An initiative using redundant parts of the TV spectrum could be the key to providing broadband for the hard to reach places, Microsoft has said.
The tech behemoth has been trialling Airband technology outside Ballyhaise, Co Cavan for the past two years.
TV white space is unassigned broadcast spectrum which travels over long distances, penetrates natural and man-made obstacles, and is abundant in rural areas. Large parts of the spectrum are available in Ireland since the switch over from analogue to digital.
Microsoft Ireland is now going to partner with the Department of Community and Rural Development to make it more widely available in rural Ireland.
Airband is a wireless-based technology which uses TV white space (TVWS) devices and other low-cost wireless technologies to make it easier and more affordable for people to get online.
Microsoft introduced the technology in the United States in the summer of 2017. The company has ambitions to provide access to broadband to three million people living in the rural United States by next summer.
The Airband technology was trialled in Europe in Ballyhaise and has been deemed a success by users.
The area was chosen because it is in drumlin country with particularly poor broadband coverage in places.
Tina O’Boyle said her home is three kilometres outside Ballyhaise is in a valley and most of the time she does not even have a phone signal. She was told by Eir that eight poles would have to be erected to get broadband into her home and even then the coverage would not be great.
The situation became particularly acute last year when her daughter Róisin was doing her Junior Certificate while schools were closed. "It has made a huge difference because there was no school. There was no way Roisin would have been able to cope without Microsoft Airband. Now we can have five or six people on the broadband at one time."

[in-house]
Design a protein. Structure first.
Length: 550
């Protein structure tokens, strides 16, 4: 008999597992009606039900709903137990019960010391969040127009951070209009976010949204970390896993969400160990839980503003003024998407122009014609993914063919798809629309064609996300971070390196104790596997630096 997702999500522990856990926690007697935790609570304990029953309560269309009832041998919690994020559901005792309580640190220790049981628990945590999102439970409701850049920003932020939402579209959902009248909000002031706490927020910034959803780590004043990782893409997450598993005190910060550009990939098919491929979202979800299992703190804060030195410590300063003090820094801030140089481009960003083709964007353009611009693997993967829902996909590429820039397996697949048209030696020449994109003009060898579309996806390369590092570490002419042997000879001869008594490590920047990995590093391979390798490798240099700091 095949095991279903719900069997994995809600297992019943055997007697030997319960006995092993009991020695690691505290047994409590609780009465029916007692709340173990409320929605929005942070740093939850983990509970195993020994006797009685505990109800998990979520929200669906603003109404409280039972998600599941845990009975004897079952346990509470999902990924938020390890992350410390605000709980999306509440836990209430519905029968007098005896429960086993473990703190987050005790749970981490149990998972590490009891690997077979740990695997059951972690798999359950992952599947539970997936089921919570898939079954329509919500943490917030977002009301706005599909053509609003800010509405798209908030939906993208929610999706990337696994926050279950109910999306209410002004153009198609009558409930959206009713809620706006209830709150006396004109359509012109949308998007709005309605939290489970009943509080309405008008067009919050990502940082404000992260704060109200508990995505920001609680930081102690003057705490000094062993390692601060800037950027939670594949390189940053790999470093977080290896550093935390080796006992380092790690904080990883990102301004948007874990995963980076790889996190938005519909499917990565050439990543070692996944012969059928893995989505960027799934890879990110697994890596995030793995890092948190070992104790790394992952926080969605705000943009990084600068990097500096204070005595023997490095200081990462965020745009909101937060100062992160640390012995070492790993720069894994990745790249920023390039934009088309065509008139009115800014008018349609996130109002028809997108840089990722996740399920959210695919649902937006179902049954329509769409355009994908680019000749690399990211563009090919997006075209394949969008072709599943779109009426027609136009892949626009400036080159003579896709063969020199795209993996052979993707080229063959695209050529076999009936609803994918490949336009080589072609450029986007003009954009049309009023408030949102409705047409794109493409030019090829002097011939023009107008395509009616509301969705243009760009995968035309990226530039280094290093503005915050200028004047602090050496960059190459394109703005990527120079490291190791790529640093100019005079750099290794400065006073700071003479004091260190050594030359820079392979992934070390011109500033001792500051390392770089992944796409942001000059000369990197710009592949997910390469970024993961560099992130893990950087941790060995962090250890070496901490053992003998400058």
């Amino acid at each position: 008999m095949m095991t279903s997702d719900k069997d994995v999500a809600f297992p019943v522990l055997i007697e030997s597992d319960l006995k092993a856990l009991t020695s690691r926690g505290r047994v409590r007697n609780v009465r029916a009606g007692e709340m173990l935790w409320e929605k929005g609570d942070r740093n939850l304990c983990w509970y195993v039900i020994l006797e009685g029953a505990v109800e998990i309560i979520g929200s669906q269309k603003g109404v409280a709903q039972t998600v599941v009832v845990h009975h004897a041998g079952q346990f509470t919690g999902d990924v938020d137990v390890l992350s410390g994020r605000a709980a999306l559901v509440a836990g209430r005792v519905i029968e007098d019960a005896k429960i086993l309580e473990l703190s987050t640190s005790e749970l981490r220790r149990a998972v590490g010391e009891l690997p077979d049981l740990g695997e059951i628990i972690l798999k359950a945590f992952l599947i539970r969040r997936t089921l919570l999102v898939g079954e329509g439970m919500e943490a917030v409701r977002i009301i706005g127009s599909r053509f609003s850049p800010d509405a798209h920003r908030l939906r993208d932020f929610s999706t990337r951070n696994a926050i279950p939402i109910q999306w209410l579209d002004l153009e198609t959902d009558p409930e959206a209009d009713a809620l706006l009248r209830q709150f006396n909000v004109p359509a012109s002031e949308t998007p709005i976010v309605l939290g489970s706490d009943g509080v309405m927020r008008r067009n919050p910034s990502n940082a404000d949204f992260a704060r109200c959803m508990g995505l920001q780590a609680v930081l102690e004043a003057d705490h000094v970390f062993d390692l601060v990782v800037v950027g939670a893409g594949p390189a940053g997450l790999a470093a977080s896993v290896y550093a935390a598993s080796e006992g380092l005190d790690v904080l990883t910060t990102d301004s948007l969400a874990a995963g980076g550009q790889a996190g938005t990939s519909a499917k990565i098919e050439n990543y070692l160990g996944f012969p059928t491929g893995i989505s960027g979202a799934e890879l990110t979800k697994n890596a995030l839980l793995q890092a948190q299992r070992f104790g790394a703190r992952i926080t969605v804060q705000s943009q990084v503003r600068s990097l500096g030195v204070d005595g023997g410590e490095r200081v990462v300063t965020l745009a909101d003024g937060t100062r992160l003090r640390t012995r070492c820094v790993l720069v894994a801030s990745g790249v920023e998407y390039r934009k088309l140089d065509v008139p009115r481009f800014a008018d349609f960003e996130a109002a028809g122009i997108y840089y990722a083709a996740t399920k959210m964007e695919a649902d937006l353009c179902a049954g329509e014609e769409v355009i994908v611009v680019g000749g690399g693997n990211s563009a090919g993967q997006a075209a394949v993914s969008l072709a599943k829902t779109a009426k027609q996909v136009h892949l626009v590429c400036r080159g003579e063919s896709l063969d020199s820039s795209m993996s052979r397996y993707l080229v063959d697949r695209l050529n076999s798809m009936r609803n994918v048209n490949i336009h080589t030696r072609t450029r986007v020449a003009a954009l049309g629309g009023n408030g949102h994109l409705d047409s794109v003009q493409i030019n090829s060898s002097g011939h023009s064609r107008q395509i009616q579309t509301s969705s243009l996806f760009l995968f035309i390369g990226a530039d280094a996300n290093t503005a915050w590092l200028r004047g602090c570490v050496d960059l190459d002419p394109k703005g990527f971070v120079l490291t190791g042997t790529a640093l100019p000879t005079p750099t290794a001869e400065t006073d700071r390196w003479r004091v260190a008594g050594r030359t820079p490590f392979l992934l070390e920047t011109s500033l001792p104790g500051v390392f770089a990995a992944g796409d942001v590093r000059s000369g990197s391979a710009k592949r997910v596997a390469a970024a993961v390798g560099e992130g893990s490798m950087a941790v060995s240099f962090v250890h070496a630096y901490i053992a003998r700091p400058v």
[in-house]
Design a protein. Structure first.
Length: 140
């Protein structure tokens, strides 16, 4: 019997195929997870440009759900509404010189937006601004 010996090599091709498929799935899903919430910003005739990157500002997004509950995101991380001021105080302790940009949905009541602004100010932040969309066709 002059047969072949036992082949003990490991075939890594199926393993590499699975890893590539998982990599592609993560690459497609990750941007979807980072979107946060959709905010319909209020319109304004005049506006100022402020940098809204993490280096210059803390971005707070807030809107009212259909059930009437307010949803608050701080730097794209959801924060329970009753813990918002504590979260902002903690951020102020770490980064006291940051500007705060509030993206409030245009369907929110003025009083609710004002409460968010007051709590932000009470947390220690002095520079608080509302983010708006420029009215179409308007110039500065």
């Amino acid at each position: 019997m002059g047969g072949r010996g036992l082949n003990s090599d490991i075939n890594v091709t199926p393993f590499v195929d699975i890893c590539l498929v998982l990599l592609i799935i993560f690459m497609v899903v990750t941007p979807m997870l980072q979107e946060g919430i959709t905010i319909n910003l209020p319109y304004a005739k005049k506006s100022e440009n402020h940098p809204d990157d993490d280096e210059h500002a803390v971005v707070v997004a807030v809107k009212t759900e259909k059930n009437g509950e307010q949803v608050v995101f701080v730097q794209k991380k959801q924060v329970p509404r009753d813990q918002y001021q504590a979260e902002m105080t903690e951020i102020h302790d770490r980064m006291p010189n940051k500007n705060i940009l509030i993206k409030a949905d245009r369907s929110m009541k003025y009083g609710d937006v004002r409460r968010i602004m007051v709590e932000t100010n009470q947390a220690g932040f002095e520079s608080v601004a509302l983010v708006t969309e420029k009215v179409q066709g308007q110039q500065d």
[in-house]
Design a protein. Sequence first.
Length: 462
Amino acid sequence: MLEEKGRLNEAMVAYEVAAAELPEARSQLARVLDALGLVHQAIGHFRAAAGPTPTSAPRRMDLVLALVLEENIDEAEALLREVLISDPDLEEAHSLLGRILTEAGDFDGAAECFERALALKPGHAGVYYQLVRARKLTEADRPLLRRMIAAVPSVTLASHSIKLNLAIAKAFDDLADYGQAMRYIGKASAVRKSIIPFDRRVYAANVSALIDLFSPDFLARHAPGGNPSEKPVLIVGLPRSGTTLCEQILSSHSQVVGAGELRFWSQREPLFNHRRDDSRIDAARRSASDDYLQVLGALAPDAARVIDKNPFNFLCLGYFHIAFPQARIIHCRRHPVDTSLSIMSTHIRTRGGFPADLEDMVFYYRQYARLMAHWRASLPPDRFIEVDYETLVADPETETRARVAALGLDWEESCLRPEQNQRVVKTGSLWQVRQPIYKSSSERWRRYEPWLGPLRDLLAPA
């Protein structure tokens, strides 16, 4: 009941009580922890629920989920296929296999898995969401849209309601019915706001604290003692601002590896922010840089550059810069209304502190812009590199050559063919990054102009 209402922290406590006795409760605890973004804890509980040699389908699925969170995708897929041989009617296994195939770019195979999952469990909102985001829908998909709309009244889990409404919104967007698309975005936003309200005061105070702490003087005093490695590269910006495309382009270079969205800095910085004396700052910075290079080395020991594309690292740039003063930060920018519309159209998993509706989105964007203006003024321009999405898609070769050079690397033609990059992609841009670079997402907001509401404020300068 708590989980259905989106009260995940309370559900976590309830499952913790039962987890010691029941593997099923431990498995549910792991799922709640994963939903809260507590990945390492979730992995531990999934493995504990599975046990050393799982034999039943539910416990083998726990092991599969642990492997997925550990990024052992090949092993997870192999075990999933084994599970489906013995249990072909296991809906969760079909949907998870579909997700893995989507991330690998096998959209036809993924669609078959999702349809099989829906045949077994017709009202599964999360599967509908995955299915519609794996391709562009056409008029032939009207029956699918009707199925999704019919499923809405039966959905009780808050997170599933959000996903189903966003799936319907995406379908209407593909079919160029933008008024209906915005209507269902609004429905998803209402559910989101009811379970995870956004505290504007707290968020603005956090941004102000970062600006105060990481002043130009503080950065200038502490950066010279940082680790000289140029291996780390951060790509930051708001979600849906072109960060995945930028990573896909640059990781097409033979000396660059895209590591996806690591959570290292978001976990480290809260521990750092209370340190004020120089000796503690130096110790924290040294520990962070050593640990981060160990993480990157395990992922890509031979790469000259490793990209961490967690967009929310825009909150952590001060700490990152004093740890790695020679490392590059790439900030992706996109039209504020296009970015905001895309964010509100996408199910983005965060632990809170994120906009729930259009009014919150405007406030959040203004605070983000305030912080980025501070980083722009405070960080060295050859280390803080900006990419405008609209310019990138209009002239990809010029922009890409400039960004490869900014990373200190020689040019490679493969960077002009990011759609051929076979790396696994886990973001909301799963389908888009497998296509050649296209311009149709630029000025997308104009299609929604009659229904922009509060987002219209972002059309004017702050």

The signal comes through a box on the roof which is beamed from a mast at the Teagasc Ballyhaise Agricultural College.
The college, which has 500 students, had broadband on the campus and for students who live on site, but outside their accommodation most students could not even get a phone signal. “There is no such thing as 3G. You lose signal behind a hill,” he said.
The college has 500 acres. All is now part of a wifi hotspot. Ballyhaise principal John Kelly said the technology allowed us "to bring the classroom to the field".
It allows for the automatic downloading of data relating to soil moisture deficits and pasture based monitoring from the field straight back to laptops in the college.
Microsoft Ireland national technology officer Kieran McCorry said Airband could become complementary to the National Broadband Plan which aims to connect 544,000 of the most difficult to reach premises within seven years.
He said TV white space technology could be an alternative to fibre broadband in the home, especially as it is capable of a longer range and does not need a line of sight.
“There are many ways to provide connectivity. If you can run fibre to a house you are going to get the highest speed and lowest latency connection,” he said.
“There are always going to be locations that are difficult to reach and difficult to reach fibre. Airband uses lower range of frequencies so it tends to lend itself to the challenging terrain. It is particularly suited to rural areas not urban areas as it susceptible to frequency interference.
“It is the first deployment of TV white space technology in Europe. It is great to see Ireland leading on that.
“I don’t see why it can’t be used substantially to connect large numbers of households,” he said.